of the isthmus, which was called Diolkos. This could only be accomplished, however,
with the vessels usually employed in commerce, or with lemboi, which were light
ships of war, chiefly used by the Illyrians and Macedonians. The tediousness
and expense attending this process, and still more probably the difficulty of
circumnavigating the Peloponnesus, led to frequent attempts, at various periods,
for effecting a junction between the two seas; but all proved equally unsuccessful.
Demetrius Poliorcetes abandoned the enterprise, because it was found that the
two gulfs were not on the same level. We read of the attempt having been made
before his time by Periander and Alexander, and, subsequently to Demetrius,
by Iulius Caesar, Caligula, Nero, and Herodes Atticus. Dio Cassius tells nearly
the same story about digging through the isthmus as that which is related to
travellers at this day. He says that blood issued from the ground; that groans
and lamentations were heard, and terrible apparitions seen. In order to stimulate
the perseverance of the people, Nero took a spade and dug himsel . Lucian informs
us, that Nero was said to have been deterred from proceeding, by a representation
made to him, similar to that which Demetrius received respecting the unequal
levels of the two seas. The Isthmus of Corinth derived great celebrity from
the games which were celebrated there every five years in honour of Palaemon
or Melicerta, and subsequently of Poseidon. These continued in vogue when the
other gymnastic exercises of Greece had fallen into neglect and disuse; and
it was during their solemnization that the independence of Greece was proclaimed,
after the victory of Cynoscephalae, by order of the Roman Senate and people.
After the destruction of Corinth, the superintendence of the Isthmian Games
was committed to the Sicyonians by the Romans; on its restoration, however,
by Iulius Caesar, the presidency of the games again reverted to the Corinthian
This text is cited Sep 2002 from The Perseus Project URL below, which contains interesting hyperlinks
- Perseus: Harry Thurston Peck, Harpers Dictionary of Classical Antiquities (1898)
Greek & Roman Geography (ed. William Smith)
The most important part of the territory of Corinth was the Isthmus,
both as the place across which merchandise was carried from the eastern to the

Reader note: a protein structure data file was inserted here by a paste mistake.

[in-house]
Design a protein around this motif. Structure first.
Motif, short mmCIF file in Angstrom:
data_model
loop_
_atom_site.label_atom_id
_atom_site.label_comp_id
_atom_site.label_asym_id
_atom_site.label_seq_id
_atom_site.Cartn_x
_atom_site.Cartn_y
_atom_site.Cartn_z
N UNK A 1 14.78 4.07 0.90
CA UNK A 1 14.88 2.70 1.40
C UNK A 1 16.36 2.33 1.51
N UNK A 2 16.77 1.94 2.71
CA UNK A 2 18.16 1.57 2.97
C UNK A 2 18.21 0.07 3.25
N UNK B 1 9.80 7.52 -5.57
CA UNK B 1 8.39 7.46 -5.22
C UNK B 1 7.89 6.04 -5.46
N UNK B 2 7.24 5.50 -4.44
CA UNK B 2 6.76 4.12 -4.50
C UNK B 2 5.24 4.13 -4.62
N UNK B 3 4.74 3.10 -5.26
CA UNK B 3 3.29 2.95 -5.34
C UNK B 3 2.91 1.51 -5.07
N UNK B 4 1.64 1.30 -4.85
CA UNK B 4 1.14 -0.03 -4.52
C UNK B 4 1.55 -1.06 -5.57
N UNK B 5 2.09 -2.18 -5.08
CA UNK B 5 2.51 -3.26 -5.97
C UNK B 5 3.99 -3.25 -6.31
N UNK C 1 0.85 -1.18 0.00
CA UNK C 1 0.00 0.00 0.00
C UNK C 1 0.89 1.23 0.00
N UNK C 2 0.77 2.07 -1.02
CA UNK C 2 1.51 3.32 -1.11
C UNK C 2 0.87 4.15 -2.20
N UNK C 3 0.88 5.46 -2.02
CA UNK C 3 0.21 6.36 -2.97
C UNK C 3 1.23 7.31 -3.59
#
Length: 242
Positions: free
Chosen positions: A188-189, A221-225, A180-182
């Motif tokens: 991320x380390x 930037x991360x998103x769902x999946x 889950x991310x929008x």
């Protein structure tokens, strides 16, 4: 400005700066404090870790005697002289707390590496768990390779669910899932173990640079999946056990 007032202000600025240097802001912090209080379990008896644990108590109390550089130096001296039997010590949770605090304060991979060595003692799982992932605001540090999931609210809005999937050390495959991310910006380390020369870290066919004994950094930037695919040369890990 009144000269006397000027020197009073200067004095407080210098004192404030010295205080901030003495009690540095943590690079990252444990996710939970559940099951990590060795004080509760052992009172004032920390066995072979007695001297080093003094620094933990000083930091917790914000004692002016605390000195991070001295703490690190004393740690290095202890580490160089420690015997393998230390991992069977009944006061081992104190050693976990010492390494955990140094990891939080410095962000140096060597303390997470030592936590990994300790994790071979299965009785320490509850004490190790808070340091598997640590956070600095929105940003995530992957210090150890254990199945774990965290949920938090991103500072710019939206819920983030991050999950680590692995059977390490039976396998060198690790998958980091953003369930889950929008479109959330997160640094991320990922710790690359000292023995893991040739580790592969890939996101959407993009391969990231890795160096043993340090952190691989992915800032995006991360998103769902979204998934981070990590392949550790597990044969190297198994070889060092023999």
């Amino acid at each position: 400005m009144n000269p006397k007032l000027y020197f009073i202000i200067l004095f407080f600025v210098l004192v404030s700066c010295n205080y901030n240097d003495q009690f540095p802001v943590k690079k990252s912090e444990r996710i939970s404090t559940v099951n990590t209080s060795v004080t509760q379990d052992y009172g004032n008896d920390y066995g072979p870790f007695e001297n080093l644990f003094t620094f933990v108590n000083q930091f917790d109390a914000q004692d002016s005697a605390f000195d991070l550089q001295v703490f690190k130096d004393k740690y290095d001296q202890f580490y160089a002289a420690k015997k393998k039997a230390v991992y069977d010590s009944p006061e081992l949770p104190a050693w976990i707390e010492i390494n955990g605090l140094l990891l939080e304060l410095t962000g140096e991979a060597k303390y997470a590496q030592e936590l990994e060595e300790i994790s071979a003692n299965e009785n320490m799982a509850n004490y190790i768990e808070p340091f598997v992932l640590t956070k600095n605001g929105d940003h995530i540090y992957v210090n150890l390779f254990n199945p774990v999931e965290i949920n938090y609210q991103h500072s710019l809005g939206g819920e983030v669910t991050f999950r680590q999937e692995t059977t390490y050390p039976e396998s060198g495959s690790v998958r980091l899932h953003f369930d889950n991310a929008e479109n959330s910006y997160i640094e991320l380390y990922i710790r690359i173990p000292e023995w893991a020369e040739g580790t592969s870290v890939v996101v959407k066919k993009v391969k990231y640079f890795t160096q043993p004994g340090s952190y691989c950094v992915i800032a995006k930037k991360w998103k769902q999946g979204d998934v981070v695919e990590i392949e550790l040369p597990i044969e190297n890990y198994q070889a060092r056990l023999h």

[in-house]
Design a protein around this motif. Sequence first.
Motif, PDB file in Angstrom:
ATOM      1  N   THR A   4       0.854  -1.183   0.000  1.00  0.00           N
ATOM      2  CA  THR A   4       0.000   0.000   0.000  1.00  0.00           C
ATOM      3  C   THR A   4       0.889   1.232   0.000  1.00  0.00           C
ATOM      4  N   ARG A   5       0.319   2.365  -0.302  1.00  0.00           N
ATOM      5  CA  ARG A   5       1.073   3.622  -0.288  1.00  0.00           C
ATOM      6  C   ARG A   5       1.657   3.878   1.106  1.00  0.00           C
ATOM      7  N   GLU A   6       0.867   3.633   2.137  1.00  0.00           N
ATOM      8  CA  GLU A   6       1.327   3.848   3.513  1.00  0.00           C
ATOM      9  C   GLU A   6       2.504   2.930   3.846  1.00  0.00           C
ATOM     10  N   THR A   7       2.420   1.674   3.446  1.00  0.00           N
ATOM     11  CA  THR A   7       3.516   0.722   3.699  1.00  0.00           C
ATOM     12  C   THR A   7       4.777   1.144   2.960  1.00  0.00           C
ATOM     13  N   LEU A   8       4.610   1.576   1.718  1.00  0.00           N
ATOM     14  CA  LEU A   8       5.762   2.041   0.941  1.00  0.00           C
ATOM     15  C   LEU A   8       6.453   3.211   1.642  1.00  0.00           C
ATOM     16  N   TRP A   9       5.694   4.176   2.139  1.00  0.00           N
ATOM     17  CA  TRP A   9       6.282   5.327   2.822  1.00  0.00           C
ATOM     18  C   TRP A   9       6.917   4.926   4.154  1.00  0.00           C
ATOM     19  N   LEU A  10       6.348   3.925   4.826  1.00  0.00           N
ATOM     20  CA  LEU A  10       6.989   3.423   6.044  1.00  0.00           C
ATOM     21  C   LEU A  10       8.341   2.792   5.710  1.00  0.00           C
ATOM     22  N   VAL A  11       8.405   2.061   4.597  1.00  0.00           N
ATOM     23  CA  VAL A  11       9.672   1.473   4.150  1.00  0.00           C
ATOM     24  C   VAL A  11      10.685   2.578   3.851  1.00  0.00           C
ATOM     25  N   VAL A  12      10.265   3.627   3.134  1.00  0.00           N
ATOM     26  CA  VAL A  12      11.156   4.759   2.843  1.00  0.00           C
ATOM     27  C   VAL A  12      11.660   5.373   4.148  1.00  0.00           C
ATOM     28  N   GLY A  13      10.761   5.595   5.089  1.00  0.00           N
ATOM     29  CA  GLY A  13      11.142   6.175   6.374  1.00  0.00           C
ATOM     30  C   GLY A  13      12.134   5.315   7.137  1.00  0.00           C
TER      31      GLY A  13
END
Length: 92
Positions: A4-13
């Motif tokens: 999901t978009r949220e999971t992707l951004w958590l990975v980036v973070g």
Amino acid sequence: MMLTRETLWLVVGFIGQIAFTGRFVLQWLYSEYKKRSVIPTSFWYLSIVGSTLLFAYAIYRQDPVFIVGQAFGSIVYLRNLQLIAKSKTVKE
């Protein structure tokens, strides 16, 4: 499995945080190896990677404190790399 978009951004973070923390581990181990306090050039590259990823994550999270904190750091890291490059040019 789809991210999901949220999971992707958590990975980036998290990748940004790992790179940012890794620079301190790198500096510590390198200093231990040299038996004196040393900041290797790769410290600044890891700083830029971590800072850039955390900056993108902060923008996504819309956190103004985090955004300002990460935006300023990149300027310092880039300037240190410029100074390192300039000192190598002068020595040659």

western sea, and more especially as hallowed by the celebration of the Isthmian
games. The word Isthmus (Isthmos) probably comes from the root i, which appears
in i-enai to go, and the Latin i-re, and hence originally meant a passage. From
being the proper name of this spot, it came to be applied to the neck of any peninsula.
The situation of the Isthmus, a stony plain lying between the mountain barriers
of the Geraneia on the north and the Oneia on the south, has been already described.
The word was used both in a wider and a narrower signification. In its wider use
it indicated the whole land lying between the two gulfs, and hence Corinth is
said to have been situated on the Isthmus (Korinthos epi toi Isthmoi keimenos,
Strab. viii. p. 380; Corinthum in Isthimo condidit, Vell. Pat. i. 3): in its more
restricted sense it was applied to the narrowest part of the Isthmus, and especially
to the neighbourhood of the Poseideium and the locality of the Isthmian games
ten eis Kenchreas lonton ex Isthmou, Paus. ii. 2. § 3; ta Isthmoi dgalmata,, Philostr.
Vit, Her. 5.) Most of the Greek writers make the breadth of the Isthmus 40 stadia..
(Strab. viii. p. 335; Diod. xi. 16; Scylax, p. 15.) Pliny states it as 5 miles
(iv. 4. s. 5), and Mela 4 miles (ii. 3). The last statement is the most correct,
the real breadth being about 3 1/2 English miles in direct distance. In the Byzantine
time it was called to hexamilion, the name which the village on the Isthmus still